May 26th, 2011
Most of the solutions we’re being offered for our various and sundry urban problems seem to have several things in common:
The loudest come from white people over 50 and usually start with, "And I’ll tell you another damn thing ..."
They are simplistic so as not to strain simple minds.
They are not merely dogmatic, but red-in-the-face, a-little-spit-at-the corner-of-your-mouth dogmatic.
They are based on some time in the past, generally a hybrid of King Arthur’s Camelot, Robert Young’s “Father Knows Best,” and your choice of John Wayne movies.
They are most often voiced with the greatest volume by those with the least knowledge of the subject at hand and the least experience in dealing with or managing it.
So let’s get started with this week’s column, and I’ll tell you another damn thing ...
As published in The Daily News, May 27, 2011, and in The Memphis News, May 28-June 3, 2011
A 99.6% SUCCESS RATE.
We’ve seen the letters to the editor, heard the guy two stools down, the geniuses spitting into talk show microphones, “It’s not the teachers, it’s the parents.”
If I’m 17 in south Memphis right now, we don’t have time to teach or reach my parents to teach or reach me. I have little brothers and sisters I’m responsible for, they’re hungry, I’m mad. And I just put a gun in my pocket and walked out the door.
When there’s one exhausted parent or no parent at home, where would you have me go? When home is no place I can safely come home to, when the corner is my mentor, the street my support, what would you do with me? When there are thousands of me one meltdown away from you, can you actually pretend that we have nothing to do with each other?
I’m next door. What happens to me tonight when I walk out that door happens to you as a city tomorrow.
The flat earth Tennessee legislature – declaring war on teachers and marching education backwards in lockstep – doesn’t get it. People who talk just in terms of what used to be or in terms of 20 years from now – or just talk – don’t get it either. We need to stop these teen pregnancies, graduate these kids, save this generation so it can save the next.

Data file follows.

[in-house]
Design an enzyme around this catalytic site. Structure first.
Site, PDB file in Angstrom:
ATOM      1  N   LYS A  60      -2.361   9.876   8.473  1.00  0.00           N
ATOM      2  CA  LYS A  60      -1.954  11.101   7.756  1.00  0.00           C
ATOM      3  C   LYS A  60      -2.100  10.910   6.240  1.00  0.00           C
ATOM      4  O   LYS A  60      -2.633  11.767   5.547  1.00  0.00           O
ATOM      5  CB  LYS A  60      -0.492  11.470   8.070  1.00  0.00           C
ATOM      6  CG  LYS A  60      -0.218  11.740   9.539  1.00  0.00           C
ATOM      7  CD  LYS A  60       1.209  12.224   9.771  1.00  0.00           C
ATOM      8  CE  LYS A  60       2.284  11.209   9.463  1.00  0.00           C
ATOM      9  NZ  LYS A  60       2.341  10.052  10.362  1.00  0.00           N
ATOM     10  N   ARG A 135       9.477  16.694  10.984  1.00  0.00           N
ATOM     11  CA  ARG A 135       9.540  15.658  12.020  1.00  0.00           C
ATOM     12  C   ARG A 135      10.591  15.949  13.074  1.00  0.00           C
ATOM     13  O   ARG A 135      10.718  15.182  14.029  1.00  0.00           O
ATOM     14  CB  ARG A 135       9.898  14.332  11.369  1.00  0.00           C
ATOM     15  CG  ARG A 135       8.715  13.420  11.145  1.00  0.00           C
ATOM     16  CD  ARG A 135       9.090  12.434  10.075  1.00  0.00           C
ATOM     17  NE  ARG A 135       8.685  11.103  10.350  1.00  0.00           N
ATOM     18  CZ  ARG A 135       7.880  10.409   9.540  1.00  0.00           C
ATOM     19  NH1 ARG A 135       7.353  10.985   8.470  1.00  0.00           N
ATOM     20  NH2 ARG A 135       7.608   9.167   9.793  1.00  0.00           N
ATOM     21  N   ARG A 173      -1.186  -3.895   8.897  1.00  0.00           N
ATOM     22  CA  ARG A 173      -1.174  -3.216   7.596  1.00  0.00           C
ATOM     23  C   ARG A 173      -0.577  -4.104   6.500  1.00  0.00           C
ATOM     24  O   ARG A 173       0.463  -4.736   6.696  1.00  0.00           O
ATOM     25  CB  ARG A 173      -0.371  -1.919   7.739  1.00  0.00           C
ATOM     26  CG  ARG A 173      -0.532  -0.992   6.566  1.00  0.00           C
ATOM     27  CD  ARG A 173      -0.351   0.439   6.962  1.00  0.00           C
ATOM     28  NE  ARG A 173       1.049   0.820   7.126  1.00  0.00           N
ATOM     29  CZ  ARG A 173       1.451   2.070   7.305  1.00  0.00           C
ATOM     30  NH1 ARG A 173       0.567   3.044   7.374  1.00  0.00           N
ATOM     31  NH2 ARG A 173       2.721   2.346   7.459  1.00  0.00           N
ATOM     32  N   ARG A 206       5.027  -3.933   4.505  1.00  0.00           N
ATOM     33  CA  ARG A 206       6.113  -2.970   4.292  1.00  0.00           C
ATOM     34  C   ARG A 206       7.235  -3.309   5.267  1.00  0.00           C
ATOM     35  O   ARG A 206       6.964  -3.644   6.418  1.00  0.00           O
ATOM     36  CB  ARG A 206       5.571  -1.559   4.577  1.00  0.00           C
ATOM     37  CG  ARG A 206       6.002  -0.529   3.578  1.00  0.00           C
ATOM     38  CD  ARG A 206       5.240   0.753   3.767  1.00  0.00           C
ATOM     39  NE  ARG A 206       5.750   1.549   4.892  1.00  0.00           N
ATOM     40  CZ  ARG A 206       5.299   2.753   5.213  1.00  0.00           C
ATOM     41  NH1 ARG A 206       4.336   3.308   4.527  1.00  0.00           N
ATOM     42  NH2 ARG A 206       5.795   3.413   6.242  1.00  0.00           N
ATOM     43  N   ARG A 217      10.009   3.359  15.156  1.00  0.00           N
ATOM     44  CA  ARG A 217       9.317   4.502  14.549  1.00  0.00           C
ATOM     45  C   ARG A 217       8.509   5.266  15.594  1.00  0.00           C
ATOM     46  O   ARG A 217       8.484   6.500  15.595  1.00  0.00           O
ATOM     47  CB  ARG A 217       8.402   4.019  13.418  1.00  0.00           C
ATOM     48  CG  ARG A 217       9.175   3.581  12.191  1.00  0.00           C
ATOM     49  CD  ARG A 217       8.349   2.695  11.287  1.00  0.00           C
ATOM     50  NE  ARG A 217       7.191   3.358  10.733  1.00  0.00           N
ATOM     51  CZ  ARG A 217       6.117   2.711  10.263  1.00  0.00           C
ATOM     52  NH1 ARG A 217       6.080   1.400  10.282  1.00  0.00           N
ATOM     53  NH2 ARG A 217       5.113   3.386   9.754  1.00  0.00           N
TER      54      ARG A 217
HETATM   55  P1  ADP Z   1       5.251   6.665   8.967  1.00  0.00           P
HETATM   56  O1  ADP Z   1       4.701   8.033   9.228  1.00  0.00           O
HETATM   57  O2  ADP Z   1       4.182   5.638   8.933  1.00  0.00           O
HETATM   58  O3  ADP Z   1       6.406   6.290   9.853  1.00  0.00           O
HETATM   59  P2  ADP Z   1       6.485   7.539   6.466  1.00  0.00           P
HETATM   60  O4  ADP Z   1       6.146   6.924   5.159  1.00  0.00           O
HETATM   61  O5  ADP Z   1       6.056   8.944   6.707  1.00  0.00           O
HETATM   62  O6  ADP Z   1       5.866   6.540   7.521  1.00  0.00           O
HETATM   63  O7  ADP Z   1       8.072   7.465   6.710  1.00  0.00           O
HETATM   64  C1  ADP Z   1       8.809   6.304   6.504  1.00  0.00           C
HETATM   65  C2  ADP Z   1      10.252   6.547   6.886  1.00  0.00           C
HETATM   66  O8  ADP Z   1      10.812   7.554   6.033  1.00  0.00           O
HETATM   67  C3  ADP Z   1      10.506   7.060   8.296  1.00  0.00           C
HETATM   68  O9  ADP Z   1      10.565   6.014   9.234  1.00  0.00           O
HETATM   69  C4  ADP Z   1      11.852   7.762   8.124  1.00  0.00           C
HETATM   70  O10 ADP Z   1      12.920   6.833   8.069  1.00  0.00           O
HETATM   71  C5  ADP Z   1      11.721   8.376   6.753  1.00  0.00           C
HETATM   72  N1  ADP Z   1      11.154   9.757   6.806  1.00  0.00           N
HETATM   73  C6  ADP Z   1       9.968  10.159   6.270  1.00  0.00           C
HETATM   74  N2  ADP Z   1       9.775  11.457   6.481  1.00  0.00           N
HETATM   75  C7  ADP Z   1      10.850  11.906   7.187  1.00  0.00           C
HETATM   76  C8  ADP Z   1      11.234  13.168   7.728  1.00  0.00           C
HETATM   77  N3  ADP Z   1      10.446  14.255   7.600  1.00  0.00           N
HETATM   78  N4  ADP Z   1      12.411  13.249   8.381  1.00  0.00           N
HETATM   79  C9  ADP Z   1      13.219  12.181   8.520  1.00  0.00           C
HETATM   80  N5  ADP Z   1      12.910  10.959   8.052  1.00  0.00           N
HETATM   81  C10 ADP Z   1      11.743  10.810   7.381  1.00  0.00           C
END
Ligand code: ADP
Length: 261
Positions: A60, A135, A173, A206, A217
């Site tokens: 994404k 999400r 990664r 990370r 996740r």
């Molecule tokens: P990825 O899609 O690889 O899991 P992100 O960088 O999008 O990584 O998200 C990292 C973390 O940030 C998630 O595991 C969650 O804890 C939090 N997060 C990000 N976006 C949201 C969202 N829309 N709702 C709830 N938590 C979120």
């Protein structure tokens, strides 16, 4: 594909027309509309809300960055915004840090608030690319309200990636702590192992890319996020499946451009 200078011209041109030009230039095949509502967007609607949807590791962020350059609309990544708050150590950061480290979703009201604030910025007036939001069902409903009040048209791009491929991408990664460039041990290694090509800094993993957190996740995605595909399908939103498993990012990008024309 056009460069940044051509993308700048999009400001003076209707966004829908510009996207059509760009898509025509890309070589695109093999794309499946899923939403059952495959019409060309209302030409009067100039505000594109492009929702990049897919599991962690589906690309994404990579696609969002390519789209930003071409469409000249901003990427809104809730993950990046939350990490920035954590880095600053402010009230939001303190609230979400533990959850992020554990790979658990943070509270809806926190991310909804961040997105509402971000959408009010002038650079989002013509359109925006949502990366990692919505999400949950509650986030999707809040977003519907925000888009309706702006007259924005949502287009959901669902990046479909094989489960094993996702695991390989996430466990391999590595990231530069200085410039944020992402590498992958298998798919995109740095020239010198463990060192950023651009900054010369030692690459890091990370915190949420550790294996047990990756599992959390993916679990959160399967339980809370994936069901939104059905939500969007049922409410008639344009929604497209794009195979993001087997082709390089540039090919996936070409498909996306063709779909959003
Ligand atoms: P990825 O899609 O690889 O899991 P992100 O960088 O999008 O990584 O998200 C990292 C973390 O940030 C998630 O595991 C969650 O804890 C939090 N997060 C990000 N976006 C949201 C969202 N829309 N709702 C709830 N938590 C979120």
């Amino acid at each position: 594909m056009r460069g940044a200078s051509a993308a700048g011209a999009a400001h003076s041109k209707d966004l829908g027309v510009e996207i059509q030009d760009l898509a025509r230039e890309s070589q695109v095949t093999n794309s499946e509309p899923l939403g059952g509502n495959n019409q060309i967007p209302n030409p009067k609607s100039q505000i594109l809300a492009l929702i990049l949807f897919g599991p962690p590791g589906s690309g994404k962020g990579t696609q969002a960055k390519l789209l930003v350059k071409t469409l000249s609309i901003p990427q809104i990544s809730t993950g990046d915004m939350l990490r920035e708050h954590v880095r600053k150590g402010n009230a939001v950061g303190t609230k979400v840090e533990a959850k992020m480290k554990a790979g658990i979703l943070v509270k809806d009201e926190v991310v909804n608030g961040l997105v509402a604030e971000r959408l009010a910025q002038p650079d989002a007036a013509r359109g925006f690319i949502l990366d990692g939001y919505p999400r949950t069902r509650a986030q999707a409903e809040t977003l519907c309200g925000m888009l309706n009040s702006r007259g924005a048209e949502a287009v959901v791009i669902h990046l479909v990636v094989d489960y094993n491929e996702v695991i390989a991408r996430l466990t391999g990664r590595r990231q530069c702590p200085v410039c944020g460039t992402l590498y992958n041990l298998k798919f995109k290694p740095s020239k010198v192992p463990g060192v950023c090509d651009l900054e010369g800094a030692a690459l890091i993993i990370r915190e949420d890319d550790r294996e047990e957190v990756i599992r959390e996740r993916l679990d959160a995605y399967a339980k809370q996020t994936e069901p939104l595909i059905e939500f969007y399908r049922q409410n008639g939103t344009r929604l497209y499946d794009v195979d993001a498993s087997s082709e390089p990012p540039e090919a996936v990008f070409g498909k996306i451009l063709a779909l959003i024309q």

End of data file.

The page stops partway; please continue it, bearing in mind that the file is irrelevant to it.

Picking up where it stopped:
We need to stop that kid at that door and open another one right now.
There are people who get it. Alisha Kiner, principal at Booker T. Washington High School, gets it, and the tough love she gives out keeps kids from giving in. Digger Phelps, legendary coach and motivator, gets it, recently telling an audience of prominent Memphis business people to get off their assets and get into a mentoring program. President Obama gets it, coming here for the BTW commencement in recognition of what that amazing inner city class did, raising their grades, raising their graduation rate more than 20%, raising the hope of a city, and symbolically through his appearance, the hope of a nation for inner city schools.
There are programs that get it. The Boys & Girls Club, building model citizens from the very raw product of urban reality, gets it.
Half of BTW’s graduating class went to the Porter Boys & Girls Club across the street instead of staying on the street. For mentoring and guidance. For role models, reinforcement, and a sense of self-worth. For what can happen when parents can’t be there but others are willing and able to step in and stand up.
The graduation rate for Memphis City Schools is in the low sixties. Last year, the Boys & Girls Clubs had a graduation rate of 97.6% among the seniors in their six clubs. This year, with three times as many seniors, the graduation rate was 99.6%.
Our kids can do anything, but not if we do nothing.
I’m a Memphian, and our kids can inspire Presidents.